The Heritage Foundation is America’s “most broadly supported public policy research institute,” promoting “public policies based on the principles of free enterprise, limited government, individual freedom, traditional American values, and a strong national defense.”
Each year, the Heritage Foundation publishes the “Economic Freedom Index,” which analyzes ten economic variables for each country. The Heritage Foundation defines economic freedom as:
[I]ndividuals are free to work, produce, consume, and invest in any way they please, and that freedom is both protected by the state and unconstrained by the state.
The Heritage Foundation rates countries by the following grading scale: Economically “Free” countries have an overall score of 80-100; “Mostly Free” between 70 and 79.9; “Moderately Free” between 60 and 69.9, “Mostly Unfree” between 50 and 59.9; and economically “Repressed” countries average an overall score under 50.
The Heritage Foundation explains the difference between economic freedom and repression:
All government action involves coercion. Some minimal coercion is necessary for the citizens of a community or nation to defend themselves, promote the evolution of civil society, and enjoy the fruits of their labor…
When government coercion rises beyond the minimal level, however, it becomes corrosive to freedom—and the first freedom affected is economic freedom.
The chart below collates countries’ economic freedom with civilian firearms ownership. The overall trend line shows that as civilians firearms ownership increases, people have more economic freedom: more guns, more prosperity.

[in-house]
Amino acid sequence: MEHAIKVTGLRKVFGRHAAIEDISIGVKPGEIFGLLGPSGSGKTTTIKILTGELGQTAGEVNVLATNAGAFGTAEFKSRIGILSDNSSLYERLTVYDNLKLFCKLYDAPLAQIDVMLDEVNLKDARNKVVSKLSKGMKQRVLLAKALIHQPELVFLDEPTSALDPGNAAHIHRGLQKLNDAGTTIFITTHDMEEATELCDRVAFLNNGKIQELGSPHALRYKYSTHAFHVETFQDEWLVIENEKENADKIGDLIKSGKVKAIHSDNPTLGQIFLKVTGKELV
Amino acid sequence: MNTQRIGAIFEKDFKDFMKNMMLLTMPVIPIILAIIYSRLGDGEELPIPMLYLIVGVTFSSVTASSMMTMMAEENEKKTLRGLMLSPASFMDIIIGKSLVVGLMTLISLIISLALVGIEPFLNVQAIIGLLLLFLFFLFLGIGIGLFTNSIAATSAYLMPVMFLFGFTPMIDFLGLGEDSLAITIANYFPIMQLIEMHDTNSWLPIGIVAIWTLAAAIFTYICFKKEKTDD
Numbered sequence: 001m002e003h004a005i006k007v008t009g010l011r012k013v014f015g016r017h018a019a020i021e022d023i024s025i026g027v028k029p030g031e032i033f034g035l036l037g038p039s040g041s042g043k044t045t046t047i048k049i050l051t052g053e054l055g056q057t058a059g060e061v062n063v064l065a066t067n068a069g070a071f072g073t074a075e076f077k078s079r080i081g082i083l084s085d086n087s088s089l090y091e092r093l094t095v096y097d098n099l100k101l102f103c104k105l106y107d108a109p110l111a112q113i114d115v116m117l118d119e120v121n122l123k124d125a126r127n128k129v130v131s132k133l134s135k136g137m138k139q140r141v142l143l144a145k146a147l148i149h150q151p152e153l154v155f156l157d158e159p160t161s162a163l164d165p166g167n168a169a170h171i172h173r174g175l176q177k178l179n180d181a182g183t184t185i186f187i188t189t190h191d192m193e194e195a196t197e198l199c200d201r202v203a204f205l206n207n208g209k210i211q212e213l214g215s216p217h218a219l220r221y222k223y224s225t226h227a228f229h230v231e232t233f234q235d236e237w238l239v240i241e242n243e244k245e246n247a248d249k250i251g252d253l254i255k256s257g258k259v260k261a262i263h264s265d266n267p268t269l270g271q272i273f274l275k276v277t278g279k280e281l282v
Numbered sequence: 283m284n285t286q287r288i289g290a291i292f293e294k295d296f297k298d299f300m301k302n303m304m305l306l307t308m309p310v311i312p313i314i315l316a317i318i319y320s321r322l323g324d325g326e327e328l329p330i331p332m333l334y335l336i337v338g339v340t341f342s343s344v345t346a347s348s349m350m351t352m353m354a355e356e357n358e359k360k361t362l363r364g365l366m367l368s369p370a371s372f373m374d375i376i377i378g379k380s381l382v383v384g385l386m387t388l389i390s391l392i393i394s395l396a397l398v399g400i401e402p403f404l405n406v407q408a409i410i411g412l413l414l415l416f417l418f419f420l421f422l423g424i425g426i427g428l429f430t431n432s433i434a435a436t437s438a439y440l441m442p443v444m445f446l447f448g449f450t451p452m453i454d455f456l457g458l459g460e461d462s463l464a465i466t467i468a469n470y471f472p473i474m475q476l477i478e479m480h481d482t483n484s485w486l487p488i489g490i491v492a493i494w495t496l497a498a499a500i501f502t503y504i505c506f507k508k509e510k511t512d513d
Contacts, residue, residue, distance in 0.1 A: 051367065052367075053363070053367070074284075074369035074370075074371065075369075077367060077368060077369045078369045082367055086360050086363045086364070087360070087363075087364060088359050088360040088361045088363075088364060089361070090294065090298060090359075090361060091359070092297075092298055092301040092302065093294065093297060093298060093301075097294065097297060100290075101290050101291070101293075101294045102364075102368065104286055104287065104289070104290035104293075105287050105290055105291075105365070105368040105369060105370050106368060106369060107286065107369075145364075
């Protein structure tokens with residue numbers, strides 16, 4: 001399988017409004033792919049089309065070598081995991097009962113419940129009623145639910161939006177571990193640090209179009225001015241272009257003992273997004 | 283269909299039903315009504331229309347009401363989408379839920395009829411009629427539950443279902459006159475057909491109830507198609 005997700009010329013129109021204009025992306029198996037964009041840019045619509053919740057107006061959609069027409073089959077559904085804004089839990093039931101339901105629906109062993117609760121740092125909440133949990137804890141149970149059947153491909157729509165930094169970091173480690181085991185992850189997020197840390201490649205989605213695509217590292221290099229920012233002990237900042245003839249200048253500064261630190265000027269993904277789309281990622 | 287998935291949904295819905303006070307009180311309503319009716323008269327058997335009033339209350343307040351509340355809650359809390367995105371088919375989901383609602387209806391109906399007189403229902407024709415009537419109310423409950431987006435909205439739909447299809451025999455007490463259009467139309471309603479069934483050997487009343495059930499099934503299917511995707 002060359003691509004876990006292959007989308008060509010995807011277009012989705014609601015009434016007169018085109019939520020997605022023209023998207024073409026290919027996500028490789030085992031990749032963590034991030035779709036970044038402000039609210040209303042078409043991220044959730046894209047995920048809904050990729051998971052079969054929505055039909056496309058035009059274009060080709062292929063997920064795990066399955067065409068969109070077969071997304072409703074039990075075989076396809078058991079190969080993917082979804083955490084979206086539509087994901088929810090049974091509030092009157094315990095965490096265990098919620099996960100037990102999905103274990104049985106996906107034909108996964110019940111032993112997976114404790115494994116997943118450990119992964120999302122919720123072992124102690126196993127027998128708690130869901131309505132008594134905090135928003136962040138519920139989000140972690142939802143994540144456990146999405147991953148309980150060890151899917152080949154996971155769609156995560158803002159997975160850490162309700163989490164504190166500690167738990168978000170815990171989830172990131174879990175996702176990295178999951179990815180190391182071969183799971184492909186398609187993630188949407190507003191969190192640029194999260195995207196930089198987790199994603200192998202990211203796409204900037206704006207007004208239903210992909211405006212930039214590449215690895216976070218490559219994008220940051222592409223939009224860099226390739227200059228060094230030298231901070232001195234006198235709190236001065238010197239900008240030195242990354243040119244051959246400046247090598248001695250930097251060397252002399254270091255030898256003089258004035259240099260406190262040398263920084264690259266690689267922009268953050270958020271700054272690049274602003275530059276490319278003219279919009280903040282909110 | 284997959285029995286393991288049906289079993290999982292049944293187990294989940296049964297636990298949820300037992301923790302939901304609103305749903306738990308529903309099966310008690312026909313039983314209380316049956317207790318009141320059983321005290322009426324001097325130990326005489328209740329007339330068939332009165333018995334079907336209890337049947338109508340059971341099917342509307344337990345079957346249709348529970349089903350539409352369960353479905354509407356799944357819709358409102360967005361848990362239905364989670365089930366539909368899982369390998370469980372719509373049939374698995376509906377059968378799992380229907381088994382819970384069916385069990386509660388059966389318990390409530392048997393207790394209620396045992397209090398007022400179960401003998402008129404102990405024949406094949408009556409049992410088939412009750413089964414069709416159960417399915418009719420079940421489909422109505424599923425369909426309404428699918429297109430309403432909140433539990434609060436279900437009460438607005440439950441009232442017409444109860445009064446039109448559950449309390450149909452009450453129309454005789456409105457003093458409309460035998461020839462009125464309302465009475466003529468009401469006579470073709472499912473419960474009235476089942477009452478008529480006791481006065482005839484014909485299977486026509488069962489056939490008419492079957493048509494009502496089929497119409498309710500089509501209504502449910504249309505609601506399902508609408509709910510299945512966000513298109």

According to the UN, “excessive accumulation and universal availability of small arms negatively impact … economic development.”
Transparency International is a “politically non-partisan” global organization “leading the fight against corruption.” They publish an annual report entitled “Corruption Perceptions Index,” which evaluates “the degree to which corruption is perceived to exist among public officials and politicians.”
The index “defines corruption as the abuse of public office for private gain.” The ideal government would score a 10: organized government corruption doesn’t exist; there’s no manipulation of political and economic processes for personal gain by bureaucrats or their families and associates.
The chart below collates countries’ corruption indices with civilian firearms ownership. The overall trend line shows that as civilians firearms ownership increases, governments are less corrupt: more guns, better-behaved government.
In the face of such facts, the UN’s agenda becomes obvious: By disarming civilians, governments will have free reign to abuse public office for private gain. Moreover, people won’t be able to do anything about it, because civilian disarmament also correlates with reduced political and civil rights. Disarmament also correlates with reduced economic freedom.
When added together, the result is feudalism, which historically is the most common socio-economic system, where the elite few control the vast majority of arms, power, and resources.
Instead of bowing to the UN’s global aspirations, we should share our hard-earned lessons of liberty with the rest of the world.
(The UN plans to take the next step on their arms treaty at the meeting planned for July 12-23, 2010.)
For more in-depth analysis of this topic, see “Is There a Relationship between Guns and Freedom? Comparative Results from 59 Nations,” co-authored with Professors David B. Kopel and Carl Moody.